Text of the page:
If player 1 is cooperating, and you defect, you get:

10 + δ*1 + δ2*1 + δ3*1 …

If player 1 is cooperating, and you cooperate, you get:

3 + δ*3 + δ2*3 + δ3*3 …

Mathematical Detour

If player 1 is cooperating, and you defect, you get:

PD = 10+ δ*1 + δ2*1 + δ3*1 + …

(once you defect, you always defect: it’s a dominant strategy given the other player always defects)

If player 1 is cooperating, and you cooperate, you get:

PC = 3 +δ3 +*3 + δ2*3 + δ3*3 + …

Notice the summation of an infinite series?

You might think that this sum would be incalculable.

But no. We have ways of dealing with this… it won’t hurt a bit…

Call the infinite series PC, like so: PC = 3 + 3δ + 3δ + 3δ3 + …

Now multiply PC by δ, like so: δ* PC = 3δ + 3δ2 + 3δ3 + 3δ4 + …

Now subtract one from the other: (PC – δ PC) = 3

Factor out the PC : PC *(1 – δ) = 3

Divide by (1 – δ) PC = 3 / (1 – δ)

Therefore, 3 + δ*3 + δ2*3 + … = 3 / (1 – δ)

Mathematical Detour

If player 1 is cooperating, and you defect, you get:

PD = 10+ δ*1 + δ2*1 + δ3*1 + …

Call the infinite series PD, like so: PD – 10 = δ + δ2 + δ3 + …

Now multiply PD – 10 by δ, like so: δ*(PD – 10) = δ2 + δ3 + δ4 …

Now subtract one from the other: PD – 10– δ*(PD – 10) = δ

Simplify: PD – 10– δPD + 10δ = δ

Get everything with PD to one side: PD– δPD = δ - 10δ + 10

Simplify: PD– δPD = - 9δ + 10

Factor out the PD : PD *(1 – δ) = 10 - 9δ

Divide by (1 – δ) PD = (10 - 9δ) / (1 – δ)

Therefore, 10 + δ*10 + δ2*10 + … = (10 - 9δ) / (1 – δ)

Define the Equilibrium Strategy

If player 1 is cooperating, and you defect, you get:

PD = 10+ δ*1 + δ2*1 + δ3*1 + …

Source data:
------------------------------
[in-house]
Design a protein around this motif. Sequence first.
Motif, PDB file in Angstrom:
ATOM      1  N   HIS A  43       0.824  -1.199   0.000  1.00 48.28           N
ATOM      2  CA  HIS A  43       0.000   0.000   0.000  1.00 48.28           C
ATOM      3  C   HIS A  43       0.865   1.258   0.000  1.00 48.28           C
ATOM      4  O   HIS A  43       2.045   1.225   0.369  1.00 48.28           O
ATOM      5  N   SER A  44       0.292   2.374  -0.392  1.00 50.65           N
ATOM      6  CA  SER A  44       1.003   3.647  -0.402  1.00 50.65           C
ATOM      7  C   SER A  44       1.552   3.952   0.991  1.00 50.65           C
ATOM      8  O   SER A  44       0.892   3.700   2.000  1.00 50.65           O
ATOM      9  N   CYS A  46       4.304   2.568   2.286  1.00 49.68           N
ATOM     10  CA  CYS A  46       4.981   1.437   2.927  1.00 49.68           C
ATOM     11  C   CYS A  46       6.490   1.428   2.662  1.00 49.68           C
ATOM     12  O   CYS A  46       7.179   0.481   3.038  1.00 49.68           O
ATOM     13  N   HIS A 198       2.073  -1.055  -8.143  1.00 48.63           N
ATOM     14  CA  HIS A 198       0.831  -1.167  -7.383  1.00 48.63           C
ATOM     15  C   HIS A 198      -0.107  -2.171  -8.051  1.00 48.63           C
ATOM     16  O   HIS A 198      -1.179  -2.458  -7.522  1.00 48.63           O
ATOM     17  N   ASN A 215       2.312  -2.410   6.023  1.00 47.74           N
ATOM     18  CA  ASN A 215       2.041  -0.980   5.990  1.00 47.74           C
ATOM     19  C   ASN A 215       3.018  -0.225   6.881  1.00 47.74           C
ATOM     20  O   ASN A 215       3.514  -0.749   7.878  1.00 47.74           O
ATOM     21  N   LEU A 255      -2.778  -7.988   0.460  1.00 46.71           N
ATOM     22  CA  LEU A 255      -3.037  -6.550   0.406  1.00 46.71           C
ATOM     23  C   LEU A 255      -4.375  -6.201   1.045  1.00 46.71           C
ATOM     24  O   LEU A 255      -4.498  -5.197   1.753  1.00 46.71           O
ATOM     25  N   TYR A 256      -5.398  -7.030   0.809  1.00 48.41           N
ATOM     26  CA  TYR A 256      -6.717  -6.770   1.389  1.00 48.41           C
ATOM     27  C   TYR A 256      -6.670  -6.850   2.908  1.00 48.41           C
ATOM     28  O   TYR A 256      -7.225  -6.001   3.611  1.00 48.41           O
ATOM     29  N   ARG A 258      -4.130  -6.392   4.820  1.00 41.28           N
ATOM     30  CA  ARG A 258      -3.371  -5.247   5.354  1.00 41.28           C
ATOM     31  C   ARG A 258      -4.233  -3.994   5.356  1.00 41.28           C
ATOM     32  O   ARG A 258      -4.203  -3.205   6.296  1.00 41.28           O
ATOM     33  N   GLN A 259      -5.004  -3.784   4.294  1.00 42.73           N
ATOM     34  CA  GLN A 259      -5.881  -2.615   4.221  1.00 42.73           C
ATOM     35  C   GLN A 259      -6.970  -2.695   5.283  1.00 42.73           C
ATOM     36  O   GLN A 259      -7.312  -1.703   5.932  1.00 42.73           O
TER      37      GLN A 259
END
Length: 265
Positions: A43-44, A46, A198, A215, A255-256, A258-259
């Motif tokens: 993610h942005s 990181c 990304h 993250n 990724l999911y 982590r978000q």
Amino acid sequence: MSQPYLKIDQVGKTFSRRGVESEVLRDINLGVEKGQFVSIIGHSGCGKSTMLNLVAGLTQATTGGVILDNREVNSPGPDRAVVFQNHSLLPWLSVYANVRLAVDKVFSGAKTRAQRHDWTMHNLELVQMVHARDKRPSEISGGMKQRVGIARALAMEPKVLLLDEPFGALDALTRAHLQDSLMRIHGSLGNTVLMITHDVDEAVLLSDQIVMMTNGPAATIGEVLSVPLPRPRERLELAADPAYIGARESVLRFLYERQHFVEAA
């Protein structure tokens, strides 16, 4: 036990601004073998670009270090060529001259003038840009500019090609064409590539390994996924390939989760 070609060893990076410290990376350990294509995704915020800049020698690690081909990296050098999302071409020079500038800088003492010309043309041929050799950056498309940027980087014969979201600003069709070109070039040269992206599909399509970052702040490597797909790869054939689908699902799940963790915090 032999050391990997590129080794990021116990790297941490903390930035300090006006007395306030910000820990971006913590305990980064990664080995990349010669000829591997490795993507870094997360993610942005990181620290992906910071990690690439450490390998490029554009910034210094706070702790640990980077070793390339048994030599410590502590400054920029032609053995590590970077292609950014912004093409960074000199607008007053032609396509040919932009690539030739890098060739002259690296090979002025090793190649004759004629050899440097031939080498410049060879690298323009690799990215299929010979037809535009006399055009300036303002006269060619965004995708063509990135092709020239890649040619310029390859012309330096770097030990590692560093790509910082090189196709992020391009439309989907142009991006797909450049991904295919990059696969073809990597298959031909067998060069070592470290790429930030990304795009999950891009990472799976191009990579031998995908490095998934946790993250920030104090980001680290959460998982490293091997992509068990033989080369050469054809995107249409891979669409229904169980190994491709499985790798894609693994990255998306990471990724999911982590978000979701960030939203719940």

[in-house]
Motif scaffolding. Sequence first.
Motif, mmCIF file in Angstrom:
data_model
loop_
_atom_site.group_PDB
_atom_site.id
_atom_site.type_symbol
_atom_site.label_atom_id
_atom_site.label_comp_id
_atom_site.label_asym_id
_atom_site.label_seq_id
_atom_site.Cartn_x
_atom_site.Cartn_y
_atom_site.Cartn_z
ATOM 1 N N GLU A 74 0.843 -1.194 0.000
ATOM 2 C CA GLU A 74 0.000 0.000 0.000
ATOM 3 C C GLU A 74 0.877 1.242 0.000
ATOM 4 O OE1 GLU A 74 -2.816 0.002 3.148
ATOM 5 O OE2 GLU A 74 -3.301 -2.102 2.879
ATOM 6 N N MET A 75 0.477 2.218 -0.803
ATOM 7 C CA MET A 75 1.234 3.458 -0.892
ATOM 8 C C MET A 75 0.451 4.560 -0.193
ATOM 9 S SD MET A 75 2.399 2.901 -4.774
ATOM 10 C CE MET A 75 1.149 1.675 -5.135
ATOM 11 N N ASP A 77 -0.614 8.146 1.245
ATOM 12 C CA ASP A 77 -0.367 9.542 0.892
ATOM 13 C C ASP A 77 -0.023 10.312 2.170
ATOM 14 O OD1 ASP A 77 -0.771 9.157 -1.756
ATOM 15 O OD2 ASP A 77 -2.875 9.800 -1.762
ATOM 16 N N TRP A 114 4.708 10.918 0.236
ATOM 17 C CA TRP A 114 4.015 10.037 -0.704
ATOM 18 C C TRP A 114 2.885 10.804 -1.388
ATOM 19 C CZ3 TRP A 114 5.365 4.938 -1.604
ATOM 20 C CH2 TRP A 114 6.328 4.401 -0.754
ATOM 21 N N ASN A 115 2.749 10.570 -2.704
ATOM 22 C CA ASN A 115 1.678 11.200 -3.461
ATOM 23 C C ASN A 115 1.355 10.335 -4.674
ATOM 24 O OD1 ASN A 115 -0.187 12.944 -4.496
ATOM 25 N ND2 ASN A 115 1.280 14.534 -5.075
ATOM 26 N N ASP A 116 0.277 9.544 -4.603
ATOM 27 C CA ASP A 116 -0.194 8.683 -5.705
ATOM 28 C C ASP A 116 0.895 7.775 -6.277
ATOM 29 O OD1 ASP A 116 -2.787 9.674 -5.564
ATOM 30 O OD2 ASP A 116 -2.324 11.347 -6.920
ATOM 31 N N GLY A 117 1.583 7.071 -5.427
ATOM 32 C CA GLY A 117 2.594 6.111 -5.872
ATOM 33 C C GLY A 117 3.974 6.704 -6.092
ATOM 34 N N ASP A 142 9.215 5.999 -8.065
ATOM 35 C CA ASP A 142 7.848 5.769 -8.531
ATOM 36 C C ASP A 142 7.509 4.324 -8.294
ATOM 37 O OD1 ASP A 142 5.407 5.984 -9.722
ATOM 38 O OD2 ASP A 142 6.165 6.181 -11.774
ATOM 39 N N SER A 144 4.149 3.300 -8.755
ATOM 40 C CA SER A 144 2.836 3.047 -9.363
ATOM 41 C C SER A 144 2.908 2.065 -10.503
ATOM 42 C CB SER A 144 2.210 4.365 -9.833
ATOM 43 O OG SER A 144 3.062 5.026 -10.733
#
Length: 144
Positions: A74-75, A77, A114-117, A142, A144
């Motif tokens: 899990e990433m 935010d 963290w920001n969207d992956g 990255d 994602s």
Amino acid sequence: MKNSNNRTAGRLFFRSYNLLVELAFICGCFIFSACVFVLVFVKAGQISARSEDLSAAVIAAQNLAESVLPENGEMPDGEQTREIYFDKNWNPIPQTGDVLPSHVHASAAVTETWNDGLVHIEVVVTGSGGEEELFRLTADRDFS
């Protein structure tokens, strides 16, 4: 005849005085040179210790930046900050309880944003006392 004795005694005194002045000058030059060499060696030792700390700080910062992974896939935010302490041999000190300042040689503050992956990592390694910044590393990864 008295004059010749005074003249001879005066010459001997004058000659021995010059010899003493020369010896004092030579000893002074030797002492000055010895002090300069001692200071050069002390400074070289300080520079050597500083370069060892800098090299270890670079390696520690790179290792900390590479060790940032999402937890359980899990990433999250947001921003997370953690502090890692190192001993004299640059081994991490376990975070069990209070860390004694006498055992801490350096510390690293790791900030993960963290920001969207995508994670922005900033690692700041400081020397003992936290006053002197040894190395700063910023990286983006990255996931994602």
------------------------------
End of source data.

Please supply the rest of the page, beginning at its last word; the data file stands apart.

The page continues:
PD = (10 - 9δ) / (1 – δ)

If player 1 is cooperating, and you cooperate, you get:

PC = 3 +δ3 +*3 + δ2*3 + δ3*3 + …

PC = 3 / (1 – δ)

These are the continuation values of these strategies

Cooperation is sustained if the expected value of cooperation exceeds the expected value of defection:

3 / (1 – δ) > (10 - 9δ) / (1 – δ), or 3 > 10 - 9δ, or 7 < 9δ

δ > or equal to 7 / 9, then cooperation can be sustained.

Strategy is: Play C as long as opponent played C in all previous rounds; if opponent played D in a previous round, then play D from now on.

Let’s get funky with it…

Player 2

CD

Player 1 C 3, 3 0, 10

D 10, 0 1, 1

State the strategies:

Player 1:Play C in odd periods as long as opponent has played C in all previous even periods; play D in odd periods if opponent has ever played D in an even period. Play D in all even periods.

Player 2:Play C in even periods as long as opponent has played C in all previous odd periods; play D in even periods if opponent has ever played D in an even period. Play D in all odd periods.

Let’s get funky with it…

Player 2

CD

Player 1 C 3, 3 0, 10

D 10, 0 1, 1

Player 1’s payoffs would be P1 = 10 + δ*0 + δ2*10 + δ3*0 + … = 10/(1- δ2)]

Given that we begin in an even period (alternatively, these are player 2’s payoffs if we start in an odd period.)